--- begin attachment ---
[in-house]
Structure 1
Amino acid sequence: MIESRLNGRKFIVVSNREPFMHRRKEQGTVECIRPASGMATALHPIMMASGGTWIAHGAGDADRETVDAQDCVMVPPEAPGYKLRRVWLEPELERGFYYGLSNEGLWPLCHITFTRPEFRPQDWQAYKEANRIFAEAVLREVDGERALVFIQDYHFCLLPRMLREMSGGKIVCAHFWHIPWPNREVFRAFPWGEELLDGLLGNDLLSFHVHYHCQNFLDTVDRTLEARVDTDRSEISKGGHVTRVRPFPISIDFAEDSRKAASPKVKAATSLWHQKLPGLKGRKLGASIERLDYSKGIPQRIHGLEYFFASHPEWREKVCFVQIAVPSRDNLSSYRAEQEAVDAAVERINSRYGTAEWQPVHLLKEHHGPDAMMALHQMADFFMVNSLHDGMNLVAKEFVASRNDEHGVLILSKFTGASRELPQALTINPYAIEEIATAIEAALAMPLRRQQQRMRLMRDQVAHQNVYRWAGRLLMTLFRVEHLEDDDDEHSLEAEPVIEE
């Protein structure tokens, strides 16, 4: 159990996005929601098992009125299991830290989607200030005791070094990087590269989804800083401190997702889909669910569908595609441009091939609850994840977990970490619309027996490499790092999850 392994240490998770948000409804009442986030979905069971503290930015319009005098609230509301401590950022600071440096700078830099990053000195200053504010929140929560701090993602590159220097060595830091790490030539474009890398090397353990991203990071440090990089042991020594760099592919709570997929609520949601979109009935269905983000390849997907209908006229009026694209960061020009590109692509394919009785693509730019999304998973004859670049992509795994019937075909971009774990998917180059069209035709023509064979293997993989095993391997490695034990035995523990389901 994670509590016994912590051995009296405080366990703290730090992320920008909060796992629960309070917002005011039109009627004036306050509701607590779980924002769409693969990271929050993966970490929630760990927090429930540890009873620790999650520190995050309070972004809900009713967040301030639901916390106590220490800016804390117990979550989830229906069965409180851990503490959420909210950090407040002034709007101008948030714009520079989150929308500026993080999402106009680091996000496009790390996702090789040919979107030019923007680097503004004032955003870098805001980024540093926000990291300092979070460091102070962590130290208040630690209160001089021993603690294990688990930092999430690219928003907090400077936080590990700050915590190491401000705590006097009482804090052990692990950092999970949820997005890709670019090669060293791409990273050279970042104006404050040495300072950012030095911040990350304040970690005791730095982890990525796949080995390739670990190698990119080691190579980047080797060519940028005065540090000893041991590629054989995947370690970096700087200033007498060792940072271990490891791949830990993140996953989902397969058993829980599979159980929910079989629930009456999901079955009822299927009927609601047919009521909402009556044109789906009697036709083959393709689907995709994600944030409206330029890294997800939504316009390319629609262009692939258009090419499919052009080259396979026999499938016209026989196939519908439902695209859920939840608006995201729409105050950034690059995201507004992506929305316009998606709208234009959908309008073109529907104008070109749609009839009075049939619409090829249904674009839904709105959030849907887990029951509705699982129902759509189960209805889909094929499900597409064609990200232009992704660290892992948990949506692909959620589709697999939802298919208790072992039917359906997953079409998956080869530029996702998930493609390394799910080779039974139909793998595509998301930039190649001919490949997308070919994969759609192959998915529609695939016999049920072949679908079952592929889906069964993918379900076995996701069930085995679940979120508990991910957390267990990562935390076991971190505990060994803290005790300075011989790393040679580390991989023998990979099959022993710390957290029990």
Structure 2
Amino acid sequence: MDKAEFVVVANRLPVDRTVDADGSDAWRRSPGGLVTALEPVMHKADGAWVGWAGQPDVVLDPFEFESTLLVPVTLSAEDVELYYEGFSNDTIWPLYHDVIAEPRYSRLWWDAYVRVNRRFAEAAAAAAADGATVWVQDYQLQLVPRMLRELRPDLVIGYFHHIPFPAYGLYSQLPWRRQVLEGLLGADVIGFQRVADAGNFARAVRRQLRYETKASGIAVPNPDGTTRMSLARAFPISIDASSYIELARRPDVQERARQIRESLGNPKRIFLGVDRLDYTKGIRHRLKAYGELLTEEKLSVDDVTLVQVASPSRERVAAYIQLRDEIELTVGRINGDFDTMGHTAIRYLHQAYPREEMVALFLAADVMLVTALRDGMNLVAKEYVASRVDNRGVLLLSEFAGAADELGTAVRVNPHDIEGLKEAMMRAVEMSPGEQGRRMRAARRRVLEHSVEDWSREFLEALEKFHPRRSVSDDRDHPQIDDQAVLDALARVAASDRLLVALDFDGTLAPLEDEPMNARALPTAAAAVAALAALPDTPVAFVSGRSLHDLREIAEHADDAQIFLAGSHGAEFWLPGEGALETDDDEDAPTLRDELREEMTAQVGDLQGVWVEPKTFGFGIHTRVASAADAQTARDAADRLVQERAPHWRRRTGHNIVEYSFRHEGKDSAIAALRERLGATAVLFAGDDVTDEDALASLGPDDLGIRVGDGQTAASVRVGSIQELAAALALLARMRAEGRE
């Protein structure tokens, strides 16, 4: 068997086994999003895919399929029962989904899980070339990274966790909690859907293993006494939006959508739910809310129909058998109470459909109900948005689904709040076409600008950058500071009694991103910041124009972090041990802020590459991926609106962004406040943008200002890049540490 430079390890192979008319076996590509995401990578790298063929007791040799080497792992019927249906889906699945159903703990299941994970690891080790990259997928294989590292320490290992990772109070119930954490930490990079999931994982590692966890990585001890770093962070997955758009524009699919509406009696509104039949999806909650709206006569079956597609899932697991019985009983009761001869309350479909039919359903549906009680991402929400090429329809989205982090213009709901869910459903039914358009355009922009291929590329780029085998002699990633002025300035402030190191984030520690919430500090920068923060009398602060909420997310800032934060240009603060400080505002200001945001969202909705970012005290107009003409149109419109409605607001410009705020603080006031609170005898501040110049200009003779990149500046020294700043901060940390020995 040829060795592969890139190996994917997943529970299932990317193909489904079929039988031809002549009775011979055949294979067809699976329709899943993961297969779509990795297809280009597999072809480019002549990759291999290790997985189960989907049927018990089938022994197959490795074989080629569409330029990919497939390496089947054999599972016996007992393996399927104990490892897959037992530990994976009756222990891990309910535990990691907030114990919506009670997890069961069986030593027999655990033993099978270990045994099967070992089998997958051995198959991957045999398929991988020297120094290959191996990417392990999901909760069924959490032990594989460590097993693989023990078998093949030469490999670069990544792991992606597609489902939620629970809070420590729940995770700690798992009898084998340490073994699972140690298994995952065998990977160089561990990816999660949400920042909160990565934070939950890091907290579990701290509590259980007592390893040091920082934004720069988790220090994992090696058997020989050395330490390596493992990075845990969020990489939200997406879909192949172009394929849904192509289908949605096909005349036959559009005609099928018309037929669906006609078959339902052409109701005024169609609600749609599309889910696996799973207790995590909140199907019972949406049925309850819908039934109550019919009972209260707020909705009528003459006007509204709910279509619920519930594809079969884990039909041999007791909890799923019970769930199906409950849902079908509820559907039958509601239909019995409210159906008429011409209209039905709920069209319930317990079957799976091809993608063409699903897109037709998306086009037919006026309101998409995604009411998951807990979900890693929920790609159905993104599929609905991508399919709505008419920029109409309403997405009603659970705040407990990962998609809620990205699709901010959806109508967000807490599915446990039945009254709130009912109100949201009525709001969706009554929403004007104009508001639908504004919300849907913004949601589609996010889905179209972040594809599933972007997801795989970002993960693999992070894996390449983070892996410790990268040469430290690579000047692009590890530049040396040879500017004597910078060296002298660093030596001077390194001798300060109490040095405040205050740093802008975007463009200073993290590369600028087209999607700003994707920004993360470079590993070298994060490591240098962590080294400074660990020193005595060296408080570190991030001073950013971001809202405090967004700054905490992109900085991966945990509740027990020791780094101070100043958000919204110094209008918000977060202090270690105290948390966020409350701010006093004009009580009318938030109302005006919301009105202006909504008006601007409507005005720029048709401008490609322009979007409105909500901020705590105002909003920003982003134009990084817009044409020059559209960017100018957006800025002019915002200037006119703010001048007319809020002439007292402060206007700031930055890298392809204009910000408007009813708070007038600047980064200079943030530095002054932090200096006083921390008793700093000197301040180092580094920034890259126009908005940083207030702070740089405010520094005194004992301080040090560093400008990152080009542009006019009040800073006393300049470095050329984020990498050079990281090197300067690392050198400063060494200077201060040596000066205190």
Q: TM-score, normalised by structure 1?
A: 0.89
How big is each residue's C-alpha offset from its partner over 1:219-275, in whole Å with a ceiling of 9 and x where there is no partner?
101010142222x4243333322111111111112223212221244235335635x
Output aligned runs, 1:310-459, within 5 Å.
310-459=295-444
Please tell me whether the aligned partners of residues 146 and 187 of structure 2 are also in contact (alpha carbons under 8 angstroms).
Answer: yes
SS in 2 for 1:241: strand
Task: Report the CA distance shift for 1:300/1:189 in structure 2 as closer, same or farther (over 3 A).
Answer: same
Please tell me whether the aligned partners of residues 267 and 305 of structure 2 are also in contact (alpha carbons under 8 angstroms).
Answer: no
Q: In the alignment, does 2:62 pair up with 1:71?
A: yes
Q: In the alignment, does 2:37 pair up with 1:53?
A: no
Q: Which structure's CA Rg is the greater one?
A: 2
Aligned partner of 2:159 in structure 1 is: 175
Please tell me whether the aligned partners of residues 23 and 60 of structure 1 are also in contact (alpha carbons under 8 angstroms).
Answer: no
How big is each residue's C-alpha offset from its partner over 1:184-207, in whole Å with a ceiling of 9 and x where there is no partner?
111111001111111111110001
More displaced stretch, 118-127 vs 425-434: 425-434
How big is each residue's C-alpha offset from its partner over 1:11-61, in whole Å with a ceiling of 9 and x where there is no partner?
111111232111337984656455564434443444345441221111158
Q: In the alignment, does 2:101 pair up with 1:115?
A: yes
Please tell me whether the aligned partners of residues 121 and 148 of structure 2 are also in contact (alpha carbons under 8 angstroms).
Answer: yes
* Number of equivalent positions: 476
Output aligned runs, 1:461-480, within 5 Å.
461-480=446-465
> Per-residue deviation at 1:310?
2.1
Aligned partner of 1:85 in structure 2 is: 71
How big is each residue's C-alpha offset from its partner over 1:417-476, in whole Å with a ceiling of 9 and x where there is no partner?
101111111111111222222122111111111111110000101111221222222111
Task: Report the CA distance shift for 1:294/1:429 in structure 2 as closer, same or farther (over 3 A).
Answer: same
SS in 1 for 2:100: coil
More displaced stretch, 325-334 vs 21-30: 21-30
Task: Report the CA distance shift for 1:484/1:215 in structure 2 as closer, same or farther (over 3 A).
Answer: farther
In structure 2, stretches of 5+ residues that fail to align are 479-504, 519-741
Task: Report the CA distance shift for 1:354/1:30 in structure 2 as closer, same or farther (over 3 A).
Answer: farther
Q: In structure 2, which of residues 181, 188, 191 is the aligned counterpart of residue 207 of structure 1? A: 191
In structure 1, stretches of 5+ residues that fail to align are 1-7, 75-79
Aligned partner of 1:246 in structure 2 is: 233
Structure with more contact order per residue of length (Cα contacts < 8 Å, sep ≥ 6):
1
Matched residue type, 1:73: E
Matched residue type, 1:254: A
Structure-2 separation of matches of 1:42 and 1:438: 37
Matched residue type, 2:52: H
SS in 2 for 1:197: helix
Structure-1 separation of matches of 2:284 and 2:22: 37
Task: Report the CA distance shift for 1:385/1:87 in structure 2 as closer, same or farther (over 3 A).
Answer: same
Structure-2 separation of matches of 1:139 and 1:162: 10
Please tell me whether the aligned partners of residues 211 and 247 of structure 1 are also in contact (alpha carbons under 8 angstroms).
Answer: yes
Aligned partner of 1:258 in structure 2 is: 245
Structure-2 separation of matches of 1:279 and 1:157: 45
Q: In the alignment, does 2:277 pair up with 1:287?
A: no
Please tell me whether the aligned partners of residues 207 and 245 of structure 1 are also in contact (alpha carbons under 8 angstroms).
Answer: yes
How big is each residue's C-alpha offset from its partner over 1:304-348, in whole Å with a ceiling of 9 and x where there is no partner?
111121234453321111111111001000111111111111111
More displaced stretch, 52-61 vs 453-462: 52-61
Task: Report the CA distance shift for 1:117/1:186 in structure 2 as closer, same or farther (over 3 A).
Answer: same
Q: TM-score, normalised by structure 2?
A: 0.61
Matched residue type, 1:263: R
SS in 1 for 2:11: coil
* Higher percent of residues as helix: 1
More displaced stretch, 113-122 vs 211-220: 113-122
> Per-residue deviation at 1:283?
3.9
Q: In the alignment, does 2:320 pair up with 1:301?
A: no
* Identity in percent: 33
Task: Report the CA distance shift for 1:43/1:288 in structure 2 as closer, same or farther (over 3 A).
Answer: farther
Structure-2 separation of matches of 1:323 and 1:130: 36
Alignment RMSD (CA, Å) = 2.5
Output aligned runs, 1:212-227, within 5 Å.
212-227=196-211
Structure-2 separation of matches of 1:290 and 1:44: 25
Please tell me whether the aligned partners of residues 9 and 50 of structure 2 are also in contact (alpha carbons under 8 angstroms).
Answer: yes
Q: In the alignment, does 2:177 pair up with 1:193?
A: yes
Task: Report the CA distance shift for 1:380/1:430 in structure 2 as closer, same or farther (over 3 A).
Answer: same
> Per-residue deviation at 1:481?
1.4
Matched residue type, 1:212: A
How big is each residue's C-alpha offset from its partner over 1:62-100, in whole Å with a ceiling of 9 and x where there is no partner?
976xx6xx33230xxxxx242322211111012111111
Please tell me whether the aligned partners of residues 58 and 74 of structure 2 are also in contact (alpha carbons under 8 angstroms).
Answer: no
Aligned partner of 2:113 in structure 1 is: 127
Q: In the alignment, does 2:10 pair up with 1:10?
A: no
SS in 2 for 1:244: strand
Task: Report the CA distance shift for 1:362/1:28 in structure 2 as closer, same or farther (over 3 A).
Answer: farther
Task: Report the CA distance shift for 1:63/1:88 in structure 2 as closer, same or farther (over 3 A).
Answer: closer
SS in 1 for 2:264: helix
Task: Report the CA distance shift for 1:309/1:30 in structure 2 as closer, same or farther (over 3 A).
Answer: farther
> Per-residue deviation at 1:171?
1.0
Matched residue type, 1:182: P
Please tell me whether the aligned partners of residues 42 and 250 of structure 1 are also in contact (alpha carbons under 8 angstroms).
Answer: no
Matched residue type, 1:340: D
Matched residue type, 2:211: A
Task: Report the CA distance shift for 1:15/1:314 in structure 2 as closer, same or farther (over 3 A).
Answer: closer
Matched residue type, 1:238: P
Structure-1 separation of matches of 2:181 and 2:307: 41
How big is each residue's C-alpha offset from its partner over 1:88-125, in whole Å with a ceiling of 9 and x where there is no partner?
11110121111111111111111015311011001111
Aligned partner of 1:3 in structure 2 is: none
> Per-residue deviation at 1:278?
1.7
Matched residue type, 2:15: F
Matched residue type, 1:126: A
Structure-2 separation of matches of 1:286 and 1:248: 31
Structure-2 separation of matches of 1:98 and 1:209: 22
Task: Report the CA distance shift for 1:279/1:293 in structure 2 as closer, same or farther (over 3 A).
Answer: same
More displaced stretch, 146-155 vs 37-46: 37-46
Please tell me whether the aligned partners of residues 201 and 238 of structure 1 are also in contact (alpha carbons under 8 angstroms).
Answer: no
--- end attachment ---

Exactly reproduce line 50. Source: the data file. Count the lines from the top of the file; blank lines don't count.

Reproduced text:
More displaced stretch, 325-334 vs 21-30: 21-30